This is something that I should posted before I left Taiwan back in March. I did not get around to it then, so I will finish it and post it now before I get started on my more recent travels.
On March 17, 2013, we went to visit the Lu ancestor’s grave sites in Fengyuan, Taiwan. This was my third visit to this place. One of the odd things about this grave site (from my Western perspective) is that it is located right behind a factory. I realize that it was a grave site before the factory was built on the former rice field. Still, it is an odd juxtaposition to have a large, impressive grave site behind a factory instead of in a cemetery.
The holiday to remember and honor departed relatives is called “grave sweeping” instead of Memorial Day in Asia. It is celebrated on the first weekend in April, or about two weeks before that if you are Haka (as the Lu family is.) It involves cleaning up the grave site and bringing ceremonial offerings to honor the ancestors. This clean up often involves sweeping, as the name of the holiday indicates.
There is also a small stone marker honoring Tu Di Gong, the local earth spirit, near the ancestor’s graves. We left some food offerings here also.
There are two big grave sites at this location in Fengyang. One of them has a cross on top of the stone pavilion. I was told that this was added later, when this branch of the Lu family converted to Christianity.
We also placed offerings in front of this stone marker. I have never been given I clear explanation of who this stone marker honors.
There were many other relatives there from the Lu family members still in Taiwan. Some of them I knew, and many I was meeting for the first time.
I thought that the umbrella wa cute touch! It was a hot, sunny day, so someone decided that the ancestor would appreciate the shade from the sun! Most of the food offerings on the table would be eaten later for lunch. After the ceremony, all the food offerings were taken back to the Lu House, and eaten by everyone who was at the grave sweeping
One of the traditions is to scatter paper money around the gravesite, and to gather it up and burn it at the end of the ceremony. One of the problems with doing this was that there was a lot of dry grass next to the stone of the grave site. So the paper money fire spread and threatened to get out of control. Fortunately, someone had brought a package of bottled water, and many bottles were quickly opened and poured onto the fire to contain it!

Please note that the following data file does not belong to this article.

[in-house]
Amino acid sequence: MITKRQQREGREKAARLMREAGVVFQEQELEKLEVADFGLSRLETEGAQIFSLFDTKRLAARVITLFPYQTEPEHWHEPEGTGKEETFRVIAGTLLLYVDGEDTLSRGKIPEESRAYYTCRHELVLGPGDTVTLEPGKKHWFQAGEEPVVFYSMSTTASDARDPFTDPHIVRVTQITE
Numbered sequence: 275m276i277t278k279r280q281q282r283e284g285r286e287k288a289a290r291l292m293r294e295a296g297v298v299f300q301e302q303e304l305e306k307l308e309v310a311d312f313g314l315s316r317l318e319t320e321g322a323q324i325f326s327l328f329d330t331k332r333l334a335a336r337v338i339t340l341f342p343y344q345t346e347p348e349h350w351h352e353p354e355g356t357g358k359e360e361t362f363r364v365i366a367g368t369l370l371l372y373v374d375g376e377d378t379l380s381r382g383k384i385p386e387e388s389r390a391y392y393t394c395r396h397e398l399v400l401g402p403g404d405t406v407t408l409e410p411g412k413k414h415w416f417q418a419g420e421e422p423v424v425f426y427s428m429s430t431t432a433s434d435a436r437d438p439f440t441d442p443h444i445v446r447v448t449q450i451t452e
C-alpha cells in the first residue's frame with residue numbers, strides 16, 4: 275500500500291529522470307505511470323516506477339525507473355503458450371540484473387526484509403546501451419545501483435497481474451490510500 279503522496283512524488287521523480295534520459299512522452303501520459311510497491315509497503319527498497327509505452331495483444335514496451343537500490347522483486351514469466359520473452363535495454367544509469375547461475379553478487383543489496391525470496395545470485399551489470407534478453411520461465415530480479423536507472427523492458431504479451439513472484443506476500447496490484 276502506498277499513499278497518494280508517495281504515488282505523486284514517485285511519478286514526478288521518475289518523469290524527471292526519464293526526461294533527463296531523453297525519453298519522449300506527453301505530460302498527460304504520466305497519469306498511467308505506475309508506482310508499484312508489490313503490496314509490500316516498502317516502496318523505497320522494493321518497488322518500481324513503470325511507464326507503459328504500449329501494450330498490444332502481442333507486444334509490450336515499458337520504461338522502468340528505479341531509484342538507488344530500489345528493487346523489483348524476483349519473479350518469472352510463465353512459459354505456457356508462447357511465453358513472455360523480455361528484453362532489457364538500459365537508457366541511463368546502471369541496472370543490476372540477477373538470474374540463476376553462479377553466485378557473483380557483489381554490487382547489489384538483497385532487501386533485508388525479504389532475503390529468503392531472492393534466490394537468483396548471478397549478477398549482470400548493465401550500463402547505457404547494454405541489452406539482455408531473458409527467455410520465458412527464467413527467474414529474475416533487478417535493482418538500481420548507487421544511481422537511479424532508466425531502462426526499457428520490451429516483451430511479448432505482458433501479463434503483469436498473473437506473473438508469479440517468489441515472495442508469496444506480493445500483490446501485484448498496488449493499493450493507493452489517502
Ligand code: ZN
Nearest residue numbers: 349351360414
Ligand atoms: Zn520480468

There is a big rice field behind the grave sites, opposite the factory buildings. This is likely what surrounded the site many years ago (over 100) when the graves were placed here.
After lunch, we drove out to a spot in the countryside to visit another Lu ancestor grave site. We parked at the end of a road and walked up it. That is a small roadside temple that Harmony and Jeff’s uncle and aunt are walking past.
We walked for a long time up this road.
The road eventually became a driveway up to a farm house.
From the farm house, we took a path uphill through an orange tree grove.
Finally, up near the top of the hill, among the orange trees, we arrived at the site. There were just two small stone markers. Jeff told me that these were the grave sites of the original Lu ancestors, who migrated to Taiwan from mainland China about 250 years ago. His family still owns this land, and they lease it to the farm family who maintain the house and take care of the orange tree orchard. I believe that his family will always want to keep this land because the original ancestor graves are here. This reminded me of the many small graves that are on family land in the USA.
There was just the five of us here; Jeff’s uncle and aunt, Harmony, Jeff, and me. The food offerings were ba wun and oranges, which we later ate for a snack. I sprinkled the paper money around the grave marker, but I did not try to gather it up and burn it afterwards.
This was a very interesting day in Taiwan. I learned a lot about Jeff’s family during the grave sweeping, and met some relatives in Taiwan that I had not met before.